The Mayonnaise Jar – and the Coffee!

Is Your Jar Full?

When things in your life seem almost too much to handle, when 24 hours in a day are not enough, remember the mayonnaise jar – and the coffee.

A Professor stood before his philosophy class with some items in front of him.  When the class began, wordlessly, he picked up a very large and empty mayonnaise jar and proceeded to fill it with golf balls.  He then asked the students if the jar was full.  They agreed that it was.

So the Professor then picked up a box of pebbles and poured them into the jar. He shook the jar lightly.  The pebbles rolled into the open areas between the golf balls.  He then asked the students again if the jar was full.  They agreed it was.

The Professor next picked up a box of sand and poured it into the jar.  Of course, the sand filled up everything else.  He asked once more if the jar was full.  The students responded with a unanimous “Yes.”

The Professor then produced two cups of coffee from under the table and poured the entire contents into the jar, effectively filling the empty space between the sand.  The students laughed.

“Now,” said the Professor, as the laughter subsided, “I want you to recognize that this jar represents your life.

The golf balls are the important things – your family, your children, your health, your friends, your favourite passions – things that if everything else was lost and only they remained, your life would still be full.

The pebbles are the other things that matter like your job, your house,your car.

The sand is everything else – the small stuff.”

“If you put the sand into the jar first”, he continued, “there is no room for the pebbles or the golf balls.  The same goes for life. If you spend all your time and energy on the small stuff, you will never have room for the things that are important to you.  Pay attention to the things that are critical to your happiness.  Play with your children.  Take time to look after your health. Take care of your partner.  There will always be time to clean the house, and fix the drains.  Take care of the golf balls first, the things that really matter.  Set your priorities.The rest is just sand.”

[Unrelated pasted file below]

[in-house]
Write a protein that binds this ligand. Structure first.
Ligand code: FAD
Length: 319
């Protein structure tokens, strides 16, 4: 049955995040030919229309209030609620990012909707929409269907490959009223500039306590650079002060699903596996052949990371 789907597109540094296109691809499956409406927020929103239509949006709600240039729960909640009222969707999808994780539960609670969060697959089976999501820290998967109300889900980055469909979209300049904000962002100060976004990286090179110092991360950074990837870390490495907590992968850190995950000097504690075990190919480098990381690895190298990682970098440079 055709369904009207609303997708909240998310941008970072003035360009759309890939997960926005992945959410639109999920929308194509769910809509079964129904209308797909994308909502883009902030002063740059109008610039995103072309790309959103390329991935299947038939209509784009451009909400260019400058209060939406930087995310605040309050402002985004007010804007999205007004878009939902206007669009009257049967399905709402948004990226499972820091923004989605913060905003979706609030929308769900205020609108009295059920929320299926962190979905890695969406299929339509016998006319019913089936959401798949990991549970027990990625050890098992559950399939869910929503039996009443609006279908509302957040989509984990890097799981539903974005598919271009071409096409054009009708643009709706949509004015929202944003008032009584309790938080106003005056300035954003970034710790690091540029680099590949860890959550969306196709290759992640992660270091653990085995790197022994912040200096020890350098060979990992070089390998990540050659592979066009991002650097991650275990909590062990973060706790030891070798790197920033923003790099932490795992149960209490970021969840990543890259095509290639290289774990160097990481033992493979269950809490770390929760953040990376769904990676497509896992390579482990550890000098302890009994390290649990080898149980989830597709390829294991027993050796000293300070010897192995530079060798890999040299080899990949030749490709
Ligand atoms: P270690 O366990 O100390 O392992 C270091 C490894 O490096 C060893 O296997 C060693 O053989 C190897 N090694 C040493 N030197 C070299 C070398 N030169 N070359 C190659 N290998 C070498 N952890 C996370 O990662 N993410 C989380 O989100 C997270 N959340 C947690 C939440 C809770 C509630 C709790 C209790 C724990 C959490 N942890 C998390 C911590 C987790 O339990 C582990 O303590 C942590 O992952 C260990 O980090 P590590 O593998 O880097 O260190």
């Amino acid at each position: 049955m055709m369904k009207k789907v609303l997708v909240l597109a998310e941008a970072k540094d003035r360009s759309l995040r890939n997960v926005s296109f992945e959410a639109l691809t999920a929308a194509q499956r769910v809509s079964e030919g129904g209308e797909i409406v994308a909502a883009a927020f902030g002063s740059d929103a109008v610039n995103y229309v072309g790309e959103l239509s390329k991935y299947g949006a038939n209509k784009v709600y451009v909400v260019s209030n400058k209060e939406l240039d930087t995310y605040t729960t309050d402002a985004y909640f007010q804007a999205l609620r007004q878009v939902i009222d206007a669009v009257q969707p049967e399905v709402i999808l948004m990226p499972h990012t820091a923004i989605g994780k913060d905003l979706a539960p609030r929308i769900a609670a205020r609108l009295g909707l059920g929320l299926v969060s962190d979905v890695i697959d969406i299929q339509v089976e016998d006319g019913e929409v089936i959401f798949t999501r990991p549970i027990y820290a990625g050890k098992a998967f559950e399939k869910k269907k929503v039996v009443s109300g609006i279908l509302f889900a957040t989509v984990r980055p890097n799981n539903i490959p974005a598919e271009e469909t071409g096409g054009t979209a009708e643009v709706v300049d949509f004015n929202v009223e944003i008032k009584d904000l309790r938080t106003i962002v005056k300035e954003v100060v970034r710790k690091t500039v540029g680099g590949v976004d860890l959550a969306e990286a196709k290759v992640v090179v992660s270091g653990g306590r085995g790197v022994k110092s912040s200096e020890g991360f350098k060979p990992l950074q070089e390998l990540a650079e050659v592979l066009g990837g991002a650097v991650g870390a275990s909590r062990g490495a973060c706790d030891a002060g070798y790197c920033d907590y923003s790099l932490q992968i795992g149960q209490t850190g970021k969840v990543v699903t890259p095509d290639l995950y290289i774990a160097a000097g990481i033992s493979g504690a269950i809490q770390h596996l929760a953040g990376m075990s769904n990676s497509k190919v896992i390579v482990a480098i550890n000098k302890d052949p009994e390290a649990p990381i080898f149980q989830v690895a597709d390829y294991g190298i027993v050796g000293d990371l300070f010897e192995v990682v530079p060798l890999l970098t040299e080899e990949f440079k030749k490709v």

When he had finished, there was a profound silence.  Then one of the students raised her hand and with a puzzled expression, inquired what the coffee represented.

The Professor smiled. “I’m glad you asked.  It just goes to show you that no matter how full your life may seem, there’s always room for a cup of coffee with friends.”

I don’t know where this little story originated but it always raises a smile. If you know the author do please let me know.

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Posted on February 23rd, 2009 by

10 Responses to “The Mayonnaise Jar – and the Coffee!”

  1. Linda says:

    I really loved this wee ‘kitchen cupboard’ bit of philosophy. Good timing for me as I step back on to the ‘work treadmill’ after a week’s holiday. Good luck with the blog – it looks great.

  2. Jane says:

    Thanks Linda. It’s been around for years and I have never discovered the source but it’s worth repeating I think. Definitely don’t sweat the small stuff!

  3. Laura Woods-Dunlop says:

    This is a great story and one I shall remember when I am busy and share when others are!

  4. vicki says:

    It’s very true and it makes you think about how full your life is and yes take time for the coffee ….

  5. MJMurphy says:

    Great story Jane, very wise. This is something I will easily remember and apply in my life.

  6. linda joyner says:

    hey miss lady,
    thanks for the invite to read this and i hope to read more soon.. it was refreshing!

  7. Yana Berlin says:

    I too love this story, we need to read it every so often to remind ourselves how fast time flies and how important are friends are.

  8. Georgia says:

    I Love this story … Thank you

    Life is short and I feel we must LIVE

  9. Ros Baynes says:

    Hi Jane I think it originates in Stephen Covey’s book First Things First, where he uses sand and pebbles, but I haven’t actually read it, so can’t verify. Have come across several different versions – it’s a powerful illustration.

    • Jane says:

      Thanks Ros. It’s one of those things that seem to have been around for ever! I put it on blog as I was often being asked for it on my courses etc. I’ll check it out, cheers!

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